~ yes, I mean love in the sense that one might understand a "pure" love, devoid of any the "fear" components (e.g. hurt, attachment, jealousy, greed, lust, delusion, possessiveness) associated with "conventional" or "everyday" love which is clearly an alternating mixture of kusala and akusala. Translated to a Buddhist context, the love I speak of might be the "boundless" expression of the brahma-viharas, attributed to the Buddha (not just metta) with an absence of their "near enemies".culaavuso
~ as for AN 4.232... I do not find it a convincing counter-argument to the temporal exclusivity of kusala and akusala mindstates. I think there are sufficient suttas clearly demarcating kusala and akusala mindstates (refer: Ven. Nyanaponika's "The Roots Of Good And Evil", Satipatthana Sutta etc.) as separate dhammas in order to infer temporal exclusivity, even without recourse to the Abhidhamma and associated commentaries. All AN 4.232 says is that if your mindstates (and thus, cetana) alternate between kusala and akusala, then there will be mixed results commensurate with a combination of good and bad kamma.Dan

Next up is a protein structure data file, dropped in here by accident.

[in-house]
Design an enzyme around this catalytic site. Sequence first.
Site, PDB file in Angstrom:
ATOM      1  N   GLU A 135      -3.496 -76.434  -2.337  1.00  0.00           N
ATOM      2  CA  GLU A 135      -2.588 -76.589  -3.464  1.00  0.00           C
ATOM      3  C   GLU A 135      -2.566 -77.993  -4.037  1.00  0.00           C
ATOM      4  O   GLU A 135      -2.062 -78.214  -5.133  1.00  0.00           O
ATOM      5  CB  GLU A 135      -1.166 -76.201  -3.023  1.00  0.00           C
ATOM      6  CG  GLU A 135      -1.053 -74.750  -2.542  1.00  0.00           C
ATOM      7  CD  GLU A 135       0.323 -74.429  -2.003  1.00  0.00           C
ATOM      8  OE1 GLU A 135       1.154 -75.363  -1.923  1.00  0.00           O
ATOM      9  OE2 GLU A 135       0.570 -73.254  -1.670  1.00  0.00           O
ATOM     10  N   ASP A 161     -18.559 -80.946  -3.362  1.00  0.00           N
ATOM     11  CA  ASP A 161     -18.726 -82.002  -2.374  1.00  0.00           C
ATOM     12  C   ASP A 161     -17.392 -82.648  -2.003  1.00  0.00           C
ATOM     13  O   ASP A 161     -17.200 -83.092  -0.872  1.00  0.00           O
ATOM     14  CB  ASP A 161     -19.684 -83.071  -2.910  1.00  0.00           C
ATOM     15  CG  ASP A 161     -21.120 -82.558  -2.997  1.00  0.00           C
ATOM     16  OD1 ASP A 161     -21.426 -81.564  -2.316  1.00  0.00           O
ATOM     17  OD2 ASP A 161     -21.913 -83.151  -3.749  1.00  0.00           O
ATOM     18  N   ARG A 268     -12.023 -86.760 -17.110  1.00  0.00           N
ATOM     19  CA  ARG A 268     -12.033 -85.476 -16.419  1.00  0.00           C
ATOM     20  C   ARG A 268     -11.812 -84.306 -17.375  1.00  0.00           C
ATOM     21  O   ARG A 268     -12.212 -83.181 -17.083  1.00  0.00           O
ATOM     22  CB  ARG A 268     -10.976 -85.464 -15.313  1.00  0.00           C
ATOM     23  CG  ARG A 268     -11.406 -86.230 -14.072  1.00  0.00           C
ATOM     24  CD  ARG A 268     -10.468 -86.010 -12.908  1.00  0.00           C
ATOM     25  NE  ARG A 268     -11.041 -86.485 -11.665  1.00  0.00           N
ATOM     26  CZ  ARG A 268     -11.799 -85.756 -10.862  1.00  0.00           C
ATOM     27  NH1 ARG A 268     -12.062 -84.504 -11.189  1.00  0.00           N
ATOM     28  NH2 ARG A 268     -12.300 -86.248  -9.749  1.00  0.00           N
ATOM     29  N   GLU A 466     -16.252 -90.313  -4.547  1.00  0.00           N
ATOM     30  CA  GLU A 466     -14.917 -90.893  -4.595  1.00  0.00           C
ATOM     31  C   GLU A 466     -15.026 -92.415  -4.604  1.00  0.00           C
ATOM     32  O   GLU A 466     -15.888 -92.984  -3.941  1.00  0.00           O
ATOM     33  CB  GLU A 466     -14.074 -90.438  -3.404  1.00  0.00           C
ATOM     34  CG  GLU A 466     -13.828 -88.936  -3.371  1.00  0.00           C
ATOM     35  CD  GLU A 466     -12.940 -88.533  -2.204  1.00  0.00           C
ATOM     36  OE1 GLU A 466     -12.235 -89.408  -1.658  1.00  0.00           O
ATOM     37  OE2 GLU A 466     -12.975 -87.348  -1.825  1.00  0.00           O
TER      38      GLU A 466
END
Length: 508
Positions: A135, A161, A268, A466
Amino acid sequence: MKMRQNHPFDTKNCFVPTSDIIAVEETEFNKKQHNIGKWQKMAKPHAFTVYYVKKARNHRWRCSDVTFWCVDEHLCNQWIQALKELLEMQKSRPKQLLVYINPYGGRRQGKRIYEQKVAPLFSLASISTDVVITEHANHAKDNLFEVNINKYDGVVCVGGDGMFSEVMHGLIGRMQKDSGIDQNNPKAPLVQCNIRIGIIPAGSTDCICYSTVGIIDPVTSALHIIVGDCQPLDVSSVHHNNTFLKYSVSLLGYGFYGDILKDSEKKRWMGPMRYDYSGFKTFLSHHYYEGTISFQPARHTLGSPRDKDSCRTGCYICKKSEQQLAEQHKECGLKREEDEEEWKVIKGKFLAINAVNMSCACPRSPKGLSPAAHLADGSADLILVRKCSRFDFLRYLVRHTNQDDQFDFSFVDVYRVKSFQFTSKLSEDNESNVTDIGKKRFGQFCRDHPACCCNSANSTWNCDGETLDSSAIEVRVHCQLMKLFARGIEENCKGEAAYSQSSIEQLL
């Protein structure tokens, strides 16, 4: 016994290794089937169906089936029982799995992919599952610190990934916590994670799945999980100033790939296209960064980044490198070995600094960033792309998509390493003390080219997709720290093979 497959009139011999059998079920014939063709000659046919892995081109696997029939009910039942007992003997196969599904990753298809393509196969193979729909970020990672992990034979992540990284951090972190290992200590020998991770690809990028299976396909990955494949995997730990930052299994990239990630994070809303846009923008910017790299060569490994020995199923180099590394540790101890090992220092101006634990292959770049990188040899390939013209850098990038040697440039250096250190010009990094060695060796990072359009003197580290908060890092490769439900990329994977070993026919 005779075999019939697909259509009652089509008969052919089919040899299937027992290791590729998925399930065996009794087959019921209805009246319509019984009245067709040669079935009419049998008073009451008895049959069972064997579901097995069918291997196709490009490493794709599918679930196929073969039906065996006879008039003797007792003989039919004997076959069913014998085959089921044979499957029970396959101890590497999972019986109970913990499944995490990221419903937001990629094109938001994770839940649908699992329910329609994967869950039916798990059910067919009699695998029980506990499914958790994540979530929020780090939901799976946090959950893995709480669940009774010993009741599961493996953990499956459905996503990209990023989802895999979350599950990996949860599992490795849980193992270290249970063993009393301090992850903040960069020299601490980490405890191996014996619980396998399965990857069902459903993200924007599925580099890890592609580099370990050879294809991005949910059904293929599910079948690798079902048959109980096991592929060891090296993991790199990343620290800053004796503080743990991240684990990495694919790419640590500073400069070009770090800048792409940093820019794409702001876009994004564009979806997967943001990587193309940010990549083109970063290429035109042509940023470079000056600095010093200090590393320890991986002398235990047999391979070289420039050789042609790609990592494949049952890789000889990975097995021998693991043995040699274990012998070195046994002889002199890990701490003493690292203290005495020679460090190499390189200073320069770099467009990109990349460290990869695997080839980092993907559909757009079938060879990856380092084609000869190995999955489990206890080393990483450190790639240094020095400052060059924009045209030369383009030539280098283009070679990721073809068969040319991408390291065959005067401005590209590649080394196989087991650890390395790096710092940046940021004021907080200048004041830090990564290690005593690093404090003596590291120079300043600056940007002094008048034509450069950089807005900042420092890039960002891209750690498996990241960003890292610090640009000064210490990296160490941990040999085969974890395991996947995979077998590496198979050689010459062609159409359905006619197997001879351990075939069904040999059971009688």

~ Thanks for sharing the Leunig prayer... I think he's on to something there.daverupa
~ Thanks for referencing kammapatha, which for the purposes of conversation I shall list here in their akusala (fear-based?) forms...
2.Taking what is not given
3.Wrong conduct in regard to sense pleasures
Kusala (love?) based ones are defined by the abstenttion of these akusala kammas.